The Florida Panthers entered tonight’s match-up with the Ottawa Senators on an absolute tear, winners of eight straight at home and 11 of their last 15 overall. Their torrid pace has carried them all the way to the edge of the last play-off spot; to them, every points matters. On top of all this, the Sens were set to play without Mark Stone. This should have been Florida’s game for the taking. Scott Cullen of TSN pegged the Sens’ chances thusly:
Tonight's games: pic.twitter.com/Wqk3PHsj6X— Scott Cullen (@tsnscottcullen) March 12, 2018
But a funny thing happened: the Sens looked like they were the team that was fighting for their play-off lives in the opening frame. Less than a minute into the game, Matt Duchene scored his 20th of the season off a feed from Mike Hoffman:
In fact, for the better part of the period, Ottawa looked, dare I say, good. All four lines contributed some offensive pressure at one point or another and the puck (mostly) exited the Sens’ zone with relative ease. Aside from a bad Mark Borowiecki penalty that led to some sustained pressure against, Anderson wasn’t overly tested.
Before the first period was over, Magnus Paajarvi tipped home a Claesson wrister to give the Sens a 2-0 lead heading to the dressing room. The TSN crew, Gord Miller and Ray Ferraro, commented that this had been a virtually perfect road period for the Sens. I don’t know if I’d have gone quite that far, but all things considered it was pretty damn good.
Ah but the second period, that great bugaboo of the 2017-18 Ottawa Senators. I’m never quite sure if it’s just random noise or something meaningful, but the Sens have been absolutely atrocious in the middle frame of hockey games this season. Maybe it’s something about the long change mucking up The System? Who knows. Either way, this second period was one of the worst of the year -- and that’s saying something! Aside from Cody Ceci striking the post early in the period, there just wasn’t much positive at all to say about how Ottawa played. Eventually, all of the Pathers’ sustained pressure burst through when Evegenii Dadonov blew around Fredrik Claesson and roofed a shot past a stunned looking Craig Anderson 12:36 into the stanza.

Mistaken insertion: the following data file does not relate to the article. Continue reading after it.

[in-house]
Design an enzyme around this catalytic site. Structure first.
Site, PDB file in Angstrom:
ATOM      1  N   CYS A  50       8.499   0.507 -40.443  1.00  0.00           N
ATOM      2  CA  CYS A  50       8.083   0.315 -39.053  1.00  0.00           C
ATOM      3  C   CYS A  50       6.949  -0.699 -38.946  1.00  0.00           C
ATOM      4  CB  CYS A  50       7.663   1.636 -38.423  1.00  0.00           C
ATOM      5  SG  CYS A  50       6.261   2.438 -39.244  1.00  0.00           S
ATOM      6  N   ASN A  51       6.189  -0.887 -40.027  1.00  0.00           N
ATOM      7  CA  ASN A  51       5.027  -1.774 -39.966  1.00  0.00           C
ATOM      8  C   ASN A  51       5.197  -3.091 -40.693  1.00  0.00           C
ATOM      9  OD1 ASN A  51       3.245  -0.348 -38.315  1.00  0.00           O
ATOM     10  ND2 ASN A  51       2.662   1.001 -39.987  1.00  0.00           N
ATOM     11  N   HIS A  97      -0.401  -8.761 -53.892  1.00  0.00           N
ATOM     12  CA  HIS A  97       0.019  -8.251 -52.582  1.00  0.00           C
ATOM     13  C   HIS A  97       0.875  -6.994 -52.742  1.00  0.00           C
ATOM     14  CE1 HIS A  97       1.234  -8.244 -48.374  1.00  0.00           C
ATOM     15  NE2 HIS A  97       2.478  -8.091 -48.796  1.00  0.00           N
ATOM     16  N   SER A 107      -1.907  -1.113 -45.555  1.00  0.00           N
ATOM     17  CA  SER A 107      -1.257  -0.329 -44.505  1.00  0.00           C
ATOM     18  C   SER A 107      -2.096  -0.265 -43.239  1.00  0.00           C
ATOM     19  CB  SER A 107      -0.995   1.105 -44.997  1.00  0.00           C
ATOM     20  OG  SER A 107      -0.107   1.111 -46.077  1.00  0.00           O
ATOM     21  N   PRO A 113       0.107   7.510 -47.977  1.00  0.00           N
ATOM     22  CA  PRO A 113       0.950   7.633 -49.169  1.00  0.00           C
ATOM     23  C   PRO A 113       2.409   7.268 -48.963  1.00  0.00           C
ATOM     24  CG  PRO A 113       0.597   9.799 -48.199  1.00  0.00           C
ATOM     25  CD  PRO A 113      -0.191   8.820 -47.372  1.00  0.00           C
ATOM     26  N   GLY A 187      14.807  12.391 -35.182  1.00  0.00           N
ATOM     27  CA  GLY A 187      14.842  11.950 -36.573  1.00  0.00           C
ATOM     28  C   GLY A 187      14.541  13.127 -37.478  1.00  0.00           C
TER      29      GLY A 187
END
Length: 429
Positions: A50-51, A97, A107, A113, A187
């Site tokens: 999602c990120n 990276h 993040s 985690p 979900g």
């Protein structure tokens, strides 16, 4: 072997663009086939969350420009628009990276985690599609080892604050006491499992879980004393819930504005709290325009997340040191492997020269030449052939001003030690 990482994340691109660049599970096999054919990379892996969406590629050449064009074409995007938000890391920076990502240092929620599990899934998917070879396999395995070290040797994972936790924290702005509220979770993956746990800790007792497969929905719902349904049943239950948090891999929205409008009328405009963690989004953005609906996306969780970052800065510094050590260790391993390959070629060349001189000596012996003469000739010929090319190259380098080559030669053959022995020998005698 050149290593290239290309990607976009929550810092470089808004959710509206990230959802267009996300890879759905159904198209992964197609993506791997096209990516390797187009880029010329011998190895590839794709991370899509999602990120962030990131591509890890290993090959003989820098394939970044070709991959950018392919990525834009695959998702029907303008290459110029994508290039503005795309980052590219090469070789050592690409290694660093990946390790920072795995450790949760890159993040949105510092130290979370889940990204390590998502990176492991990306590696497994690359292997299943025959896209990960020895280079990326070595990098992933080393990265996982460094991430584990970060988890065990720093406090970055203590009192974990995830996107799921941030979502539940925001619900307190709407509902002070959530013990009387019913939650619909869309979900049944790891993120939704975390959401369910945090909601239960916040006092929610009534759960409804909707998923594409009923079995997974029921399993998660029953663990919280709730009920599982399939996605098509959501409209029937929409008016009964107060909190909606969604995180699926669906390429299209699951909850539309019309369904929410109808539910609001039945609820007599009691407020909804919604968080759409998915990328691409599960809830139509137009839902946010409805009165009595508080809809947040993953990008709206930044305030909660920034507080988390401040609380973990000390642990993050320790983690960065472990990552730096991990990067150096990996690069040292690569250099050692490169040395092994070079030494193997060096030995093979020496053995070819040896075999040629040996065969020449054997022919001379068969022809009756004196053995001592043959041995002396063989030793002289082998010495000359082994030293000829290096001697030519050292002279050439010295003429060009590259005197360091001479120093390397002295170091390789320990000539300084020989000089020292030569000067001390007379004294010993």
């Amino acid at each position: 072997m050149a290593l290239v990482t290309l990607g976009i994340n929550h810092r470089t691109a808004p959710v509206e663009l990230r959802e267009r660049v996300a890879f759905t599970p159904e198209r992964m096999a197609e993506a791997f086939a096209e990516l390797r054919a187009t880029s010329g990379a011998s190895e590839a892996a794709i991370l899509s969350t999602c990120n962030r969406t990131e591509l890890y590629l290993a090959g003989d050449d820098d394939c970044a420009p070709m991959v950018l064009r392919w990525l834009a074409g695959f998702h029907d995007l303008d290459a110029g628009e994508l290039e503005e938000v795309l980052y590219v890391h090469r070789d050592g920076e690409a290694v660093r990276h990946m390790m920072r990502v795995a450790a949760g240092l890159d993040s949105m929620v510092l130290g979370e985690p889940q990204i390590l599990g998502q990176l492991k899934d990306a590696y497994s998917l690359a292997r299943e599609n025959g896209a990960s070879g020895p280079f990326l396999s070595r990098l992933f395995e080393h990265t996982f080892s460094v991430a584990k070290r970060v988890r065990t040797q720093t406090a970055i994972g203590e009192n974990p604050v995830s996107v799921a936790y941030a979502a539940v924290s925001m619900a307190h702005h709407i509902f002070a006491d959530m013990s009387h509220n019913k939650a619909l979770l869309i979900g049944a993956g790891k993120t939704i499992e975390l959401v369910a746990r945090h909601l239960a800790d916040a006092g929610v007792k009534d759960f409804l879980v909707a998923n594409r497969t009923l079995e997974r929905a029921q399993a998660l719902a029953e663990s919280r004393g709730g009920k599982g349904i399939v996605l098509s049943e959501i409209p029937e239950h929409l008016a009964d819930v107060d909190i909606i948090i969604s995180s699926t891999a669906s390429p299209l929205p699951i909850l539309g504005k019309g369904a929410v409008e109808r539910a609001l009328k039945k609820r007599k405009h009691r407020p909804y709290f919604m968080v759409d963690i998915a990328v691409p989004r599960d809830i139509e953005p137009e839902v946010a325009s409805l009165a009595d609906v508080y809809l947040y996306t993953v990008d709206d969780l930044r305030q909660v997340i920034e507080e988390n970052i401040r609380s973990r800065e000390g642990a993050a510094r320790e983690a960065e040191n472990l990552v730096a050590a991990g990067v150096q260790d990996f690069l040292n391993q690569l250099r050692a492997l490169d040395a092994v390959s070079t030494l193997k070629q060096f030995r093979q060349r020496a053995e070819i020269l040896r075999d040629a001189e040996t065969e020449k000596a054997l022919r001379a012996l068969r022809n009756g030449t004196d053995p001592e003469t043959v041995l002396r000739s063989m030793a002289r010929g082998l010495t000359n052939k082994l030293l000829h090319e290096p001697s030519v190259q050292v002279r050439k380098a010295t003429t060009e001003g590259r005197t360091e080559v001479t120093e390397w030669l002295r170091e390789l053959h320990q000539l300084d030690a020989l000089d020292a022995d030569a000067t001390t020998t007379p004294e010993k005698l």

It’s hard to tell if the puck kicked off Claesson’s stick or not, I’m inclined to think it did based on Anderson’s reaction, but either way that chance was created entirely by Dadonov’s speed to the outside.
It wasn’t long after that before the Panthers found the equalizer, courtesy of Mike Matheson. Thus, when the dust settled the Sens exited the period tied. Considering shot attempts in the frame were 35-9 in favour of the Panthers, and shots on target were a staggering 17-2, the Sens might even have been a bit lucky to still be tied at all.
With nowhere to go but up in the third for the Sens, Paajarvi potted his second of the game less than a minute in. But if Guy Boucher had been dreaming of a shutdown period to close out the win, he was almost immediately disappointed when Jonathan Huberdeau equalized less than four minutes later. The rest of the period played itself out frenetically, with the two teams trading chances. There was even some bad blood stirred up between Keith Yandle and Jean-Gabriel Pageau after Yandle took exception to a Pageau hit. If this game meant anything at all for Ottawa, the whole thing might have been a lot of fun.
It was at this stage that Sens fans were left in an all-too-familiar predicament: cheer for the win, or for the tank? If you’re on Team Tank At All Costs, you’d have been disappointed by the final three minutes that saw Matt Duchene and then Jean-Gabriel Pageau score in rapid succession to sew up the W.
So the Sens hurt their draft lottery chances. I guess what I’d say is that you can’t literally lose every game, and if you’re gonna win, might as well win the fun ones. I’ll take all the moral victories I can get, personally.
Magnus Paajarvi’s two goal performance was one of his best as a Senator.
Craig Anderson deserves a tonne of credit for keeping the game close when the Sens simply refused to do much of anything in the second period.
Fredrik Claesson and Mark Borowiecki each had their flashes tonight but their play was not nearly good enough on the whole. The Sens badly need more from their non-Karlsson defensemen.
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